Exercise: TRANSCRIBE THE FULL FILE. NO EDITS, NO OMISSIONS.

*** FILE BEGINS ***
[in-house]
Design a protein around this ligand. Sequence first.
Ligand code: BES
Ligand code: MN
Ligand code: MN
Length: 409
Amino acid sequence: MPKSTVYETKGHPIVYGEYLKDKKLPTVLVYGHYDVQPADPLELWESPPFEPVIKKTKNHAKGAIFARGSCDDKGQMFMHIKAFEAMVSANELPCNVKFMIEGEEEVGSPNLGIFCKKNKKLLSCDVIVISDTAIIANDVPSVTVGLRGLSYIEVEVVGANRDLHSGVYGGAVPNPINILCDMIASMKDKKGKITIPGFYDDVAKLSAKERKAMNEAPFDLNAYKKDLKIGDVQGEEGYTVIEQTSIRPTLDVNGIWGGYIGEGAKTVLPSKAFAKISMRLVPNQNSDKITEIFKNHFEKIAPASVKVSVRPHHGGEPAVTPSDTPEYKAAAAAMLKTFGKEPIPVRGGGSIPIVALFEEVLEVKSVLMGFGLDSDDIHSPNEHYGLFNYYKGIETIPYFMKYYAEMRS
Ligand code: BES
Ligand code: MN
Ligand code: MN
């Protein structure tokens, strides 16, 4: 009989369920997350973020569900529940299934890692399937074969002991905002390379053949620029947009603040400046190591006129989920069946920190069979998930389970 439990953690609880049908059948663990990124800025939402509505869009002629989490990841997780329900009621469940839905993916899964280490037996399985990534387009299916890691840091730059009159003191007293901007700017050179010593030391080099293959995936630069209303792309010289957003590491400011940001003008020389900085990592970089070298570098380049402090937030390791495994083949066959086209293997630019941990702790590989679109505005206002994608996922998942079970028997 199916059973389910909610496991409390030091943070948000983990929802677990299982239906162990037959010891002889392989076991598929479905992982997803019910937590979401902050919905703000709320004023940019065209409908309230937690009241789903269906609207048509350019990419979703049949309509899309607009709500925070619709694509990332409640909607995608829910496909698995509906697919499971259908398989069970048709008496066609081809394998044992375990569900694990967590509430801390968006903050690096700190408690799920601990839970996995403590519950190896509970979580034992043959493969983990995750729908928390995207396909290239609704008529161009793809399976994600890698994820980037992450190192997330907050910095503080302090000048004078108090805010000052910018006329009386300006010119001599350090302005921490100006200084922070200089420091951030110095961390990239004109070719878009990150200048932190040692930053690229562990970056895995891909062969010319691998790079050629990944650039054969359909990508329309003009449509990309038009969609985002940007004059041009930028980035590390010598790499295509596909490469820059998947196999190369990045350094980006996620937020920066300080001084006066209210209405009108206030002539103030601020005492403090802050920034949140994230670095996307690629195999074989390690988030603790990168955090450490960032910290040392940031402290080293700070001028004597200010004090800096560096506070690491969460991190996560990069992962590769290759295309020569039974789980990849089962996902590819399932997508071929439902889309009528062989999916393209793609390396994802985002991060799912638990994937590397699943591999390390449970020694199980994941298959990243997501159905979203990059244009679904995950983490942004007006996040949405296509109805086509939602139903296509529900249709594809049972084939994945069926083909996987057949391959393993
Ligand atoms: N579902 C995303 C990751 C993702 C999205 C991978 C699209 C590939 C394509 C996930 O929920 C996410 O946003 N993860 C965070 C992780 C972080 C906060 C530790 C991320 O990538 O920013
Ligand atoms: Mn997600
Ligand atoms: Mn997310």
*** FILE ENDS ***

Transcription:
[in-house]
Design a protein around this ligand. Sequence first.
Ligand code: BES
Ligand code: MN
Ligand code: MN
Length: 409
Amino acid sequence: MPKSTVYETKGHPIVYGEYLKDKKLPTVLVYGHYDVQPADPLELWESPPFEPVIKKTKNHAKGAIFARGSCDDKGQMFMHIKAFEAMVSANELPCNVKFMIEGEEEVGSPNLGIFCKKNKKLLSCDVIVISDTAIIANDVPSVTVGLRGLSYIEVEVVGANRDLHSGVYGGAVPNPINILCDMIASMKDKKGKITIPGFYDDVAKLSAKERKAMNEAPFDLNAYKKDLKIGDVQGEEGYTVIEQTSIRPTLDVNGIWGGYIGEGAKTVLPSKAFAKISMRLVPNQNSDKITEIFKNHFEKIAPASVKVSVRPHHGGEPAVTPSDTPEYKAAAAAMLKTFGKEPIPVRGGGSIPIVALFEEVLEVKSVLMGFGLDSDDIHSPNEHYGLFNYYKGIETIPYFMKYYAEMRS
Ligand code: BES
Ligand code: MN
Ligand code: MN
């Protein structure tokens, strides 16, 4: 009989369920997350973020569900529940299934890692399937074969002991905002390379053949620029947009603040400046190591006129989920069946920190069979998930389970 439990953690609880049908059948663990990124800025939402509505869009002629989490990841997780329900009621469940839905993916899964280490037996399985990534387009299916890691840091730059009159003191007293901007700017050179010593030391080099293959995936630069209303792309010289957003590491400011940001003008020389900085990592970089070298570098380049402090937030390791495994083949066959086209293997630019941990702790590989679109505005206002994608996922998942079970028997 199916059973389910909610496991409390030091943070948000983990929802677990299982239906162990037959010891002889392989076991598929479905992982997803019910937590979401902050919905703000709320004023940019065209409908309230937690009241789903269906609207048509350019990419979703049949309509899309607009709500925070619709694509990332409640909607995608829910496909698995509906697919499971259908398989069970048709008496066609081809394998044992375990569900694990967590509430801390968006903050690096700190408690799920601990839970996995403590519950190896509970979580034992043959493969983990995750729908928390995207396909290239609704008529161009793809399976994600890698994820980037992450190192997330907050910095503080302090000048004078108090805010000052910018006329009386300006010119001599350090302005921490100006200084922070200089420091951030110095961390990239004109070719878009990150200048932190040692930053690229562990970056895995891909062969010319691998790079050629990944650039054969359909990508329309003009449509990309038009969609985002940007004059041009930028980035590390010598790499295509596909490469820059998947196999190369990045350094980006996620937020920066300080001084006066209210209405009108206030002539103030601020005492403090802050920034949140994230670095996307690629195999074989390690988030603790990168955090450490960032910290040392940031402290080293700070001028004597200010004090800096560096506070690491969460991190996560990069992962590769290759295309020569039974789980990849089962996902590819399932997508071929439902889309009528062989999916393209793609390396994802985002991060799912638990994937590397699943591999390390449970020694199980994941298959990243997501159905979203990059244009679904995950983490942004007006996040949405296509109805086509939602139903296509529900249709594809049972084939994945069926083909996987057949391959393993
Ligand atoms: N579902 C995303 C990751 C993702 C999205 C991978 C699209 C590939 C394509 C996930 O929920 C996410 O946003 N993860 C965070 C992780 C972080 C906060 C530790 C991320 O990538 O920013
Ligand atoms: Mn997600
Ligand atoms: Mn997310």